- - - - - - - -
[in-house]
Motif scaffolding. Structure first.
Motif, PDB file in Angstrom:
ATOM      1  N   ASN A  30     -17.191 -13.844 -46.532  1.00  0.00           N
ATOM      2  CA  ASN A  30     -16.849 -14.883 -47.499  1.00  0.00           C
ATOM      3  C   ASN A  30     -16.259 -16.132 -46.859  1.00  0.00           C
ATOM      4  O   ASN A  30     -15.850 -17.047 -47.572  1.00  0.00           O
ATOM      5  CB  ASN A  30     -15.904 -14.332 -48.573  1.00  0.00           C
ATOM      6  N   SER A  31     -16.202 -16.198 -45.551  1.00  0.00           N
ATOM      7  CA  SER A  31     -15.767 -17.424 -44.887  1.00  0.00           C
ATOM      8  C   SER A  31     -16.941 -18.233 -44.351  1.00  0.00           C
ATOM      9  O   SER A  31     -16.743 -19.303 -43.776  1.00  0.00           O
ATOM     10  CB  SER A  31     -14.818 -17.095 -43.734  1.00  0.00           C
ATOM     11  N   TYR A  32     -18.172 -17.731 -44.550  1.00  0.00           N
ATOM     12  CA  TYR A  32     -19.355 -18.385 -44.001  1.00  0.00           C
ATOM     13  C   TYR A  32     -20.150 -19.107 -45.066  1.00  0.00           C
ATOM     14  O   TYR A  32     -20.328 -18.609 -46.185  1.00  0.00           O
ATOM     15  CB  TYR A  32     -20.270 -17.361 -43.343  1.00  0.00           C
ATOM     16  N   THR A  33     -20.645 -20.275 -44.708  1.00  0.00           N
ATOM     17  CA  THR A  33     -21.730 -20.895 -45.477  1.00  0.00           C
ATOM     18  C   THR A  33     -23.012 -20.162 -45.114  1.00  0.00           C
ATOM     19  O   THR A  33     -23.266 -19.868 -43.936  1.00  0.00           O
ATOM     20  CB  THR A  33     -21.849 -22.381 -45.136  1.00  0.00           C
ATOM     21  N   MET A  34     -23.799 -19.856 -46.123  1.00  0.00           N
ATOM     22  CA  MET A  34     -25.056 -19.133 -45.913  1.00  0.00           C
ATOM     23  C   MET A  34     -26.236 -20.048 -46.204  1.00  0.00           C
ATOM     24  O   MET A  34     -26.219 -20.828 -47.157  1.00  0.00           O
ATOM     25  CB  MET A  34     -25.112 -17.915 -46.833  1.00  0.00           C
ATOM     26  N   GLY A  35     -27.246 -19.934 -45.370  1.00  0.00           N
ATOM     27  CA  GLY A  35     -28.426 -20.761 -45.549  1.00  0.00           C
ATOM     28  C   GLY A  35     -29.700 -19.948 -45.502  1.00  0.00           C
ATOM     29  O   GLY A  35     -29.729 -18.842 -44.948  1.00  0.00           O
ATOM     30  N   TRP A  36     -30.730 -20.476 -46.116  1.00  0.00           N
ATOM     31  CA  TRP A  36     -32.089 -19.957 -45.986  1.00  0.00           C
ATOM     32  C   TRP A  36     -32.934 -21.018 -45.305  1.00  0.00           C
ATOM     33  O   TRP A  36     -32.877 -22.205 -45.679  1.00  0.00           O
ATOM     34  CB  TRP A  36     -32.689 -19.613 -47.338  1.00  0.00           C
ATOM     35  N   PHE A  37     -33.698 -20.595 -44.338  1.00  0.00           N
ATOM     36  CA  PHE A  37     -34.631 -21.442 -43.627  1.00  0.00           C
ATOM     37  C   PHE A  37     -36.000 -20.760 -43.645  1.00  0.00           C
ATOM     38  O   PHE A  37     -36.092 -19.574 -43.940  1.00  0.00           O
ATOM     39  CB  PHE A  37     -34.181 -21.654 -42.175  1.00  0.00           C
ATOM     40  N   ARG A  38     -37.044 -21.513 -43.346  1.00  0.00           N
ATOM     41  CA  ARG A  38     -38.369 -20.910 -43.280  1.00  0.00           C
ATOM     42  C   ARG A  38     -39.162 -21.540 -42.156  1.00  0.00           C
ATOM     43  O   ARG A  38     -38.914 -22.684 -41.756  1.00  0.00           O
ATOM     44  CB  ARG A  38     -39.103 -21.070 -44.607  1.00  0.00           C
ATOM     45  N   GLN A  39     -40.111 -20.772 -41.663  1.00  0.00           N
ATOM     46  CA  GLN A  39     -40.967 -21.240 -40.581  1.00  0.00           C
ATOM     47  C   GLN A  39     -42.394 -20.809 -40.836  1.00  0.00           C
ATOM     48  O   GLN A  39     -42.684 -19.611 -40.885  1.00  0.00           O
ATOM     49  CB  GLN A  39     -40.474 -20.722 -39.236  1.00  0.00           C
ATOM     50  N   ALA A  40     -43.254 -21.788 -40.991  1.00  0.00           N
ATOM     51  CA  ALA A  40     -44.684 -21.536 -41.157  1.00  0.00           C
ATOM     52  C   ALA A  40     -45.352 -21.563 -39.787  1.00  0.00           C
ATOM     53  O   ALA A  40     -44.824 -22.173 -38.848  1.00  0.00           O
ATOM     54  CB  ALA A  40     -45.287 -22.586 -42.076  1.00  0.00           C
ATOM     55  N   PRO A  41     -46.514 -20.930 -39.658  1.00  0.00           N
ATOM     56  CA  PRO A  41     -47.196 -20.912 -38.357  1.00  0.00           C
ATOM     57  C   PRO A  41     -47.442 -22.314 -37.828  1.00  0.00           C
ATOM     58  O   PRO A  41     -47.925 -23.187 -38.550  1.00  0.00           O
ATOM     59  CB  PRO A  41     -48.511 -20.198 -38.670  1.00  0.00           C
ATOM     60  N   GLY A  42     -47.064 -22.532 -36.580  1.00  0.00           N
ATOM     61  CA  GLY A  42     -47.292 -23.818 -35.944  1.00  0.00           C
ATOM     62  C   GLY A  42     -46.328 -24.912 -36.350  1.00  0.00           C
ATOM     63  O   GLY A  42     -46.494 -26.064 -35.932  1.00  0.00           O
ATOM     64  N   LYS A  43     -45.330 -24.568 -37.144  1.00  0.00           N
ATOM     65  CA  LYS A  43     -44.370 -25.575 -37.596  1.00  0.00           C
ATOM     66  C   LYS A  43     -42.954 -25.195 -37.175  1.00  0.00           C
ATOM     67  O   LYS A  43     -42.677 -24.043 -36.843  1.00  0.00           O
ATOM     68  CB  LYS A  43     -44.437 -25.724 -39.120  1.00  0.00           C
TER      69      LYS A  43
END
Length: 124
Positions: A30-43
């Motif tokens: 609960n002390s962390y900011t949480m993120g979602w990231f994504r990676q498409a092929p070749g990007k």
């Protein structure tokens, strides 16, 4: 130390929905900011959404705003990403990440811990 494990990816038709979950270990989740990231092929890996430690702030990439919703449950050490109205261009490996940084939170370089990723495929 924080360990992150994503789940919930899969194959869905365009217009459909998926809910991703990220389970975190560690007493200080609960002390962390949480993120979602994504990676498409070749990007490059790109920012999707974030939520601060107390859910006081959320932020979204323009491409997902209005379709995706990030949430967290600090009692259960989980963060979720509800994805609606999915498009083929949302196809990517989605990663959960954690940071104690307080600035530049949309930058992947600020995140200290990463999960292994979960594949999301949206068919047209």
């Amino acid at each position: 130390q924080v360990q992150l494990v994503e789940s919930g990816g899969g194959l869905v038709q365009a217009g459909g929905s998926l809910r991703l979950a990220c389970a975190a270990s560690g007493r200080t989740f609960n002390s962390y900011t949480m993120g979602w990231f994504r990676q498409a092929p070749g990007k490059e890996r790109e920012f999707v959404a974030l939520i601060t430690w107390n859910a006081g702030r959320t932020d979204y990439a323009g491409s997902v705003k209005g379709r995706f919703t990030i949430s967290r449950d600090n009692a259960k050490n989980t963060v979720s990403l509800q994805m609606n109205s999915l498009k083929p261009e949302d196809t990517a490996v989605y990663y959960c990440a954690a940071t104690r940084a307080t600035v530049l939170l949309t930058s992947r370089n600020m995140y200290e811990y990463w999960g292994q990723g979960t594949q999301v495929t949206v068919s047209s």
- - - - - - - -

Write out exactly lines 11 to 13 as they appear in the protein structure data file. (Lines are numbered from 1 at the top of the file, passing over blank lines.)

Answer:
ATOM      8  C   SER A  31     -16.941 -18.233 -44.351  1.00  0.00           C
ATOM      9  O   SER A  31     -16.743 -19.303 -43.776  1.00  0.00           O
ATOM     10  CB  SER A  31     -14.818 -17.095 -43.734  1.00  0.00           C